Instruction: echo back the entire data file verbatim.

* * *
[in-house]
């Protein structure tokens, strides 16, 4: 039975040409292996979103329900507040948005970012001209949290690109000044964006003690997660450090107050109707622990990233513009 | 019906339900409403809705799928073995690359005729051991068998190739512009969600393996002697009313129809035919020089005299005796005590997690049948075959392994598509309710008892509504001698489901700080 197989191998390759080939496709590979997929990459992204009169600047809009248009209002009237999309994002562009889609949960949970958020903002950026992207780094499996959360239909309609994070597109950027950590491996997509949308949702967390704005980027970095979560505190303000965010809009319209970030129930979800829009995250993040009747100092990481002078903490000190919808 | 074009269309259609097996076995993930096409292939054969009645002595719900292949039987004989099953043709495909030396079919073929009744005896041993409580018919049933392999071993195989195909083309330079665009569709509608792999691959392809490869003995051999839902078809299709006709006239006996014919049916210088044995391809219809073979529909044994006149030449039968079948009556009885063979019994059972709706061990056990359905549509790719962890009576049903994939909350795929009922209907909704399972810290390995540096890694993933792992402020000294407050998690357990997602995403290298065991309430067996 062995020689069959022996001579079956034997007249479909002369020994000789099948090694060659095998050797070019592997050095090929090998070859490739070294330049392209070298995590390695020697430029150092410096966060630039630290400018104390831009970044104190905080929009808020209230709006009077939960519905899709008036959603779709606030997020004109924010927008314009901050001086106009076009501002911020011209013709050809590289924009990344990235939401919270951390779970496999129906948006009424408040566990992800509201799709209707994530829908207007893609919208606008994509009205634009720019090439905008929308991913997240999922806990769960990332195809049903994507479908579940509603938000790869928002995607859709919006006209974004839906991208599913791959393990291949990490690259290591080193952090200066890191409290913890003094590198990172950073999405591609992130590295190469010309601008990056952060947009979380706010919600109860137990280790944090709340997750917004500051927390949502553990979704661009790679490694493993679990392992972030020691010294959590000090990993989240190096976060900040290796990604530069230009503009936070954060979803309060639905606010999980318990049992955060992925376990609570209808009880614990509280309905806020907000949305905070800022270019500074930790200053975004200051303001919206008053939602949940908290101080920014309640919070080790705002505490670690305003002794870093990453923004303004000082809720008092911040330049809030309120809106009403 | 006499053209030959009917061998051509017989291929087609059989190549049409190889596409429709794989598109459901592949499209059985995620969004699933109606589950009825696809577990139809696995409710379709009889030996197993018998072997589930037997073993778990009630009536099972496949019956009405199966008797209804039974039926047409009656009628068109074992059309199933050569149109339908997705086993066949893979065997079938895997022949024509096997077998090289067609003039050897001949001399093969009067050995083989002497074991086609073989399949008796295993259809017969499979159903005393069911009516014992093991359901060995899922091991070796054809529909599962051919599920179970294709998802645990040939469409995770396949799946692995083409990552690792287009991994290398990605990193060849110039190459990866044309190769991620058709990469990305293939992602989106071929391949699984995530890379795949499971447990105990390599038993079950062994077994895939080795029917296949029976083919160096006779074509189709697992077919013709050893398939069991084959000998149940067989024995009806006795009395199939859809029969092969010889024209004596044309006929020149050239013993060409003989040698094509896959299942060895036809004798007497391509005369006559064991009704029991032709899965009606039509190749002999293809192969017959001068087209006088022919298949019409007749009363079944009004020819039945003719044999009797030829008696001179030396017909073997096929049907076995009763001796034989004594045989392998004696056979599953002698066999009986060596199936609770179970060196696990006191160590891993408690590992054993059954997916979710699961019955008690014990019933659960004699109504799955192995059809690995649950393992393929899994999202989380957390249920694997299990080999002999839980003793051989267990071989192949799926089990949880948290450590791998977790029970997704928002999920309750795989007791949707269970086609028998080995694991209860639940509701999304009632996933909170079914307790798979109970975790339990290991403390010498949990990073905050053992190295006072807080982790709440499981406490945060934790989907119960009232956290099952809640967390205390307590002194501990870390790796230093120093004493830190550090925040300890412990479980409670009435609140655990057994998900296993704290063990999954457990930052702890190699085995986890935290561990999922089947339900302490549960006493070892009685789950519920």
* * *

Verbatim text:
[in-house]
């Protein structure tokens, strides 16, 4: 039975040409292996979103329900507040948005970012001209949290690109000044964006003690997660450090107050109707622990990233513009 | 019906339900409403809705799928073995690359005729051991068998190739512009969600393996002697009313129809035919020089005299005796005590997690049948075959392994598509309710008892509504001698489901700080 197989191998390759080939496709590979997929990459992204009169600047809009248009209002009237999309994002562009889609949960949970958020903002950026992207780094499996959360239909309609994070597109950027950590491996997509949308949702967390704005980027970095979560505190303000965010809009319209970030129930979800829009995250993040009747100092990481002078903490000190919808 | 074009269309259609097996076995993930096409292939054969009645002595719900292949039987004989099953043709495909030396079919073929009744005896041993409580018919049933392999071993195989195909083309330079665009569709509608792999691959392809490869003995051999839902078809299709006709006239006996014919049916210088044995391809219809073979529909044994006149030449039968079948009556009885063979019994059972709706061990056990359905549509790719962890009576049903994939909350795929009922209907909704399972810290390995540096890694993933792992402020000294407050998690357990997602995403290298065991309430067996 062995020689069959022996001579079956034997007249479909002369020994000789099948090694060659095998050797070019592997050095090929090998070859490739070294330049392209070298995590390695020697430029150092410096966060630039630290400018104390831009970044104190905080929009808020209230709006009077939960519905899709008036959603779709606030997020004109924010927008314009901050001086106009076009501002911020011209013709050809590289924009990344990235939401919270951390779970496999129906948006009424408040566990992800509201799709209707994530829908207007893609919208606008994509009205634009720019090439905008929308991913997240999922806990769960990332195809049903994507479908579940509603938000790869928002995607859709919006006209974004839906991208599913791959393990291949990490690259290591080193952090200066890191409290913890003094590198990172950073999405591609992130590295190469010309601008990056952060947009979380706010919600109860137990280790944090709340997750917004500051927390949502553990979704661009790679490694493993679990392992972030020691010294959590000090990993989240190096976060900040290796990604530069230009503009936070954060979803309060639905606010999980318990049992955060992925376990609570209808009880614990509280309905806020907000949305905070800022270019500074930790200053975004200051303001919206008053939602949940908290101080920014309640919070080790705002505490670690305003002794870093990453923004303004000082809720008092911040330049809030309120809106009403 | 006499053209030959009917061998051509017989291929087609059989190549049409190889596409429709794989598109459901592949499209059985995620969004699933109606589950009825696809577990139809696995409710379709009889030996197993018998072997589930037997073993778990009630009536099972496949019956009405199966008797209804039974039926047409009656009628068109074992059309199933050569149109339908997705086993066949893979065997079938895997022949024509096997077998090289067609003039050897001949001399093969009067050995083989002497074991086609073989399949008796295993259809017969499979159903005393069911009516014992093991359901060995899922091991070796054809529909599962051919599920179970294709998802645990040939469409995770396949799946692995083409990552690792287009991994290398990605990193060849110039190459990866044309190769991620058709990469990305293939992602989106071929391949699984995530890379795949499971447990105990390599038993079950062994077994895939080795029917296949029976083919160096006779074509189709697992077919013709050893398939069991084959000998149940067989024995009806006795009395199939859809029969092969010889024209004596044309006929020149050239013993060409003989040698094509896959299942060895036809004798007497391509005369006559064991009704029991032709899965009606039509190749002999293809192969017959001068087209006088022919298949019409007749009363079944009004020819039945003719044999009797030829008696001179030396017909073997096929049907076995009763001796034989004594045989392998004696056979599953002698066999009986060596199936609770179970060196696990006191160590891993408690590992054993059954997916979710699961019955008690014990019933659960004699109504799955192995059809690995649950393992393929899994999202989380957390249920694997299990080999002999839980003793051989267990071989192949799926089990949880948290450590791998977790029970997704928002999920309750795989007791949707269970086609028998080995694991209860639940509701999304009632996933909170079914307790798979109970975790339990290991403390010498949990990073905050053992190295006072807080982790709440499981406490945060934790989907119960009232956290099952809640967390205390307590002194501990870390790796230093120093004493830190550090925040300890412990479980409670009435609140655990057994998900296993704290063990999954457990930052702890190699085995986890935290561990999922089947339900302490549960006493070892009685789950519920």